VG247 has praised Ghostwire: Tokyo’s “authentic representation” to Japanese culture, dismissing Ghost of Tsushima and Sifu as cultural appropriation in the process.
On March 24th, VG247 published an opinion piece by contributor Alan Wen in which he offered praise to the former game and scorn to the latter two in the same hand, beginning, “Ghostwire: Tokyo’s authentic representation makes a mockery of Ghost of Tsushima and Sifu’s cultural tourism.”
“All of these things make Ghostwire’s world come alive – ironic for a game where everyone has been spirited away,” writes Wen, admiring how the game’s various side activities and environment help draw the player into the world.
“It’s also a kind of cultural specificity that could have only come from a Japanese developer like Tango Gameworks, a studio that runs wild revelling [sic] in its Japanese identity and all of its nuances,” he continues. “A welcome departure from trying to play towards Western audiences hungry for more Shinji Mikami survival horror.”
Wen then asserts, “The richness of Ghostwire’s setting only shows up the shallow representation of the likes of Ghost of Tsushima and Sifu, games set in Asia but made in the West, primarily by white folks.”
“Regardless of their intentions,” he proposes, “what we get is superficial cultural tourism (at best), and games that play into ‘pre-existing stereotypes and cliches,'” citing Uppercut’s own review of Ghost of Tsushima to support his point.
As countless other journalists had done before with Sifu and Ghost of Tsushima, Wen then took issue with their sheer existence, as they came from developers who were not 100% born and raised in the cultures featured in their respective games.
Wen first lambasts Ghost of Tsushima, decrying how it had “the audacity” to name “one of its modes after legendary filmmaker Akira Kurosawa… because it happens to be in black and white, and it has Japanese audio (which was botched in the original release since the lip-sync was made for the English dub).”
As for Sifu, Wen voiced frustration with how the game”only added Chinese audio post-launch.”
“Subs and dubs may be ultimately down to personal preference,” he says, “but it’s still telling that Ghostwire has the Japanese audio as the default, which it also largely stuck to for its marketing.”
“Suker Punch [sic] and Sloclap seem to be thinking of representing cinema first, rather than the actual culture itself,” Wen criticizes before turning to Sifu specifically, opining that it “is not so much a game set in China so much as it’s a fusion buffet comprising different aspects of Asian cinema.”
“But even comparisons with Hong Kong martial arts flick are at odds with the game’s serious revenge plot and hardcore mechanics,” he adds. “There’s none of the slapstick of Jackie Chan or anything quite as imaginatively bonkers as what you’d get in the genre (and if Sloclap did care about representing Hong Kong cinema, perhaps it should have prioritised a Cantonese dub over a Mandarin one…)”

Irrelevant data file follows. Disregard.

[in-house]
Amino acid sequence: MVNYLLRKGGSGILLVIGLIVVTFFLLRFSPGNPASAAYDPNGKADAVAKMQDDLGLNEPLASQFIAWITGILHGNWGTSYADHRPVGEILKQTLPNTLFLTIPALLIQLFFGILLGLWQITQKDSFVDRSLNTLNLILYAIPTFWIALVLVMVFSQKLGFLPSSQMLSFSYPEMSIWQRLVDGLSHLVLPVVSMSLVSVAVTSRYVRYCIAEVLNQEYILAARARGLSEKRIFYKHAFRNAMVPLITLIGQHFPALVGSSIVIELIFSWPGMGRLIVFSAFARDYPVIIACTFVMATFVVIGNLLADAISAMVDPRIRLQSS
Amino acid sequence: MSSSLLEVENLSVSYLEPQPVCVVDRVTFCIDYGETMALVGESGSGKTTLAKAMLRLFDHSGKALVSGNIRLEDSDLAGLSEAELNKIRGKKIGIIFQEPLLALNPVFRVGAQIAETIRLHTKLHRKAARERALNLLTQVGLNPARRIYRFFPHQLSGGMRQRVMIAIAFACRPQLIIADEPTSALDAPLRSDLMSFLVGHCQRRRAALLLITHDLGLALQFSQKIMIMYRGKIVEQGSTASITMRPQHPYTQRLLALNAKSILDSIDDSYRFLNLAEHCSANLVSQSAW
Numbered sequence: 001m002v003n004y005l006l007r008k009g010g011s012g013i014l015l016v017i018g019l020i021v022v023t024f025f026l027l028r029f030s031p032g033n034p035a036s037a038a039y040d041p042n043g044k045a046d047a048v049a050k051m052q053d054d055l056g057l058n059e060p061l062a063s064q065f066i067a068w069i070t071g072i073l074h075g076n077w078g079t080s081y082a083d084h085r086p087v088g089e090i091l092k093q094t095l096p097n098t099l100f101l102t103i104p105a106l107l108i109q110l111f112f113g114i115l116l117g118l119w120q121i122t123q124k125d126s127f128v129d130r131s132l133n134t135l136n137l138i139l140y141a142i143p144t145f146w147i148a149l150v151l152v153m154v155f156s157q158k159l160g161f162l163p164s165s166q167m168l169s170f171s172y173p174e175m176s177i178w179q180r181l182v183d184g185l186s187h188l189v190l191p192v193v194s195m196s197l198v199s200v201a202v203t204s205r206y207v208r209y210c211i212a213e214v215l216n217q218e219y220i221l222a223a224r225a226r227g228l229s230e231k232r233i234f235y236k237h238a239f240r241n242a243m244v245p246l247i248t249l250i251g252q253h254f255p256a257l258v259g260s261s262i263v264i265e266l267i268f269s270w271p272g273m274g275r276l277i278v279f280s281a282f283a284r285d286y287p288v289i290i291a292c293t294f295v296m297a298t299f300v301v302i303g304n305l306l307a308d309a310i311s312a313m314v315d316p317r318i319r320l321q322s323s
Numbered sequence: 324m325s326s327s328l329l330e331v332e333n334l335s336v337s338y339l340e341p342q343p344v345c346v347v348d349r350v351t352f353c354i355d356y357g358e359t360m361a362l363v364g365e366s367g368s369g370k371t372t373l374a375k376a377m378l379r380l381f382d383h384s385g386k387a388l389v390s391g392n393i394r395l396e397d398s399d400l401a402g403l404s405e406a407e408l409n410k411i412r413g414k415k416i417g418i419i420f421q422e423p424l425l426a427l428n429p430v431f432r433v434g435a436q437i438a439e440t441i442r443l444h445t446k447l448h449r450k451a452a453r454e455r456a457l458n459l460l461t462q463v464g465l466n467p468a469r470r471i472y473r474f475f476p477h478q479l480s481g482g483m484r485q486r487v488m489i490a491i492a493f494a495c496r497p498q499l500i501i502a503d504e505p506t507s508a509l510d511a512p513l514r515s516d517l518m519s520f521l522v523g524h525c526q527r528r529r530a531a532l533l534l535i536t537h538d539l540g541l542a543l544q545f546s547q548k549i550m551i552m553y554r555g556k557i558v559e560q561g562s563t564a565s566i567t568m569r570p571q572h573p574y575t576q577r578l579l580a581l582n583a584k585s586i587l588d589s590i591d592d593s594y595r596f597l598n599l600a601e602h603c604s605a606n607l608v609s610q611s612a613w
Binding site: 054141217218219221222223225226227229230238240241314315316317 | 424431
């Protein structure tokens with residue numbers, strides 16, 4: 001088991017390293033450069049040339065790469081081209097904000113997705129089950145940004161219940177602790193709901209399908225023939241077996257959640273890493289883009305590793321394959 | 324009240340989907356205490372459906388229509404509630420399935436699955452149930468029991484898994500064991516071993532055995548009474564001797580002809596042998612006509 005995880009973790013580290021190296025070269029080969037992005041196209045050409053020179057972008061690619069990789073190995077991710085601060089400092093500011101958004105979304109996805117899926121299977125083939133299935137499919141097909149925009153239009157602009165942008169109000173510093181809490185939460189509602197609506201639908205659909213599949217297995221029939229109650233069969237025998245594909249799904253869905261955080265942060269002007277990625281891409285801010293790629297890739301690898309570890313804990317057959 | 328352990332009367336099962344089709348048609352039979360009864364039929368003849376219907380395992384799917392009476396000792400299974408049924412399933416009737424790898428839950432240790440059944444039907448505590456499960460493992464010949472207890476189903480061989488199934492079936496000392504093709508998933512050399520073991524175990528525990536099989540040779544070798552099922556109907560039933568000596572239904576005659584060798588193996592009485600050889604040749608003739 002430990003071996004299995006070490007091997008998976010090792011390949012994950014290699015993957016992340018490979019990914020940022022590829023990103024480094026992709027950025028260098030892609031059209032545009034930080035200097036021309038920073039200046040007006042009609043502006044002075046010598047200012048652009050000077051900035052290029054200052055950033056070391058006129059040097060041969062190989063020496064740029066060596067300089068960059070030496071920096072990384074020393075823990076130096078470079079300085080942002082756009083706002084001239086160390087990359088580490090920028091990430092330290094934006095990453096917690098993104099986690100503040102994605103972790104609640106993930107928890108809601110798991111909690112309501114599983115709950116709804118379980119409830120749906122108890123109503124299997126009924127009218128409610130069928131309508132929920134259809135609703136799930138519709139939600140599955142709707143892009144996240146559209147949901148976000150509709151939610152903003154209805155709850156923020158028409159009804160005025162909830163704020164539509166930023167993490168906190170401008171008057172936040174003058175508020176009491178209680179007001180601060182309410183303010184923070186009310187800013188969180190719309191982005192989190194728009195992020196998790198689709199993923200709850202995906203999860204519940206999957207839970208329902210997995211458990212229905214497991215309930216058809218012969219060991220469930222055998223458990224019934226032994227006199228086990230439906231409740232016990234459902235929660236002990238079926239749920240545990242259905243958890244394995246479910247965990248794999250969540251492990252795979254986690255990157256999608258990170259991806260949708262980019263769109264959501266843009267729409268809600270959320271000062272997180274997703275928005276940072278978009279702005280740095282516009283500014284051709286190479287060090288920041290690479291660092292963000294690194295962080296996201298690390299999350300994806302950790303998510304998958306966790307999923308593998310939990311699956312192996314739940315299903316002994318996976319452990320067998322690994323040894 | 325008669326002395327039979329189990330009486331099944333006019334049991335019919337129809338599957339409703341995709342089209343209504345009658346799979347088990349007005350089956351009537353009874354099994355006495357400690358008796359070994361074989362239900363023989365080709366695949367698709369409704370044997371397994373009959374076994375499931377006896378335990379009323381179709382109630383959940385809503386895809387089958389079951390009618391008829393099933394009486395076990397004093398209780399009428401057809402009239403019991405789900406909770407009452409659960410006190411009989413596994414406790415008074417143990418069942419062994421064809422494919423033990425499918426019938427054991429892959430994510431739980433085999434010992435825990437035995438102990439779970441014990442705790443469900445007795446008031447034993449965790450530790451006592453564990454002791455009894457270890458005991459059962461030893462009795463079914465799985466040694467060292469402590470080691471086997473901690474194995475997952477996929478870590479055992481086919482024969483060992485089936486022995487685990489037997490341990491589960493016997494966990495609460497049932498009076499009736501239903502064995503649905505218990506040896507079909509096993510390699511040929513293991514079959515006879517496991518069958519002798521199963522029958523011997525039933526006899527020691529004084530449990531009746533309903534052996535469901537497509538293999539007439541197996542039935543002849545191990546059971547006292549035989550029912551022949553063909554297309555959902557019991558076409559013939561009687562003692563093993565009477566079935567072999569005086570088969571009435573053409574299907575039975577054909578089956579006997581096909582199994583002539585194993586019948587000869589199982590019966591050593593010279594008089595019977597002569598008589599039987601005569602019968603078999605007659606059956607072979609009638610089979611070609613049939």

Likewise, he chastises Ghost of Tsushima and Sucker Punch for how the developer “conveniently ignores how Kurosawa’s films, besides including the later ones made in colour, also had plenty of humour.”
“Indeed, that balance of heavy and light tones is something you find more obviously in Ghostwire, where you can be helping quell the cursed rage of a tragic spirit one moment, then help another spirit’s unfinished ‘business’ in the loo the next,” he argues.
Even Ghost of Tsushima’s use of Japanese culture in its in-game collectibles do not escape Wens ire, as he claims that they “often feel like a Japanese cultural pick-n-mix: upgrade your skills at Shinto shrines! Increase your max health at a hotspring! Compose haiku a few centuries before it was even invented!”
Conversely, Wen justifies Ghostwire: Tokyo’s “usage of cultural elements” as being “more considered – rooted in Japaense [sic] society and beliefs, and logical (if you think about it).”
“Their placements even serve a purpose, such as a Japanese sword that you find in an abandoned construction site,” he explains. “It seems quite random, until you learn that this was also the site of an old samurai manor.”
According to Wen, the highlight of Ghostwire: Tokyo’s collectibles is how they are accompanied with descriptions explaining their significance – a “thoughfullness” the VG247 contributor also observes in the game’s mechanics, such as how Kuji-kiri hand gestures are used to seal corrupt spirits and the protagonist Akito Izuki’s bow is tied to Shinto rituals.
“I don’t doubt that Sucker Punch and Sloclap love the cultures they want to represent and did their research properly, but there’s a limit to how faithfully you can represent something when your team lacks people with that lived experience and heritage,” he eventually relents. “Let alone then taking that knowledge and giving it a unique twist like Tango Gameworks has here.”
In short, along with objecting against the ethnicities of Sifu and Ghost of Tsushima’s developers, Wen seems to take issue with the developers’ research not being 100% accurate, praising unique twists on traditional elements by those native to the culture while condeming similar ones made by ‘outsiders’ as disappointing anachronisms.
Like Wen, some outlets who had previously berated Sifu and Ghost of Tsushima for its use of Japanese culture and environment have praised Ghostwire: Tokyo’s doing the same, including The Verge, Shacknews, GameByte, The Gamer, and Inverse.
Despite these criticisms from journalists, both Sifu and Ghost of Tsushima have drawn widespread praise from players.
Former Sega Chief Creative Officer and General Director of Ryu Ga Gotoku Studio (Yakuza) even stated in an interview, “It’s the kind of work made by non-Japanese people that makes you feel they’re even more Japanese than us.”
What do you think of Ghostwire: Tokyo? What about Sifu and Ghost of Tsushima? Let us know on social media and in the comments below.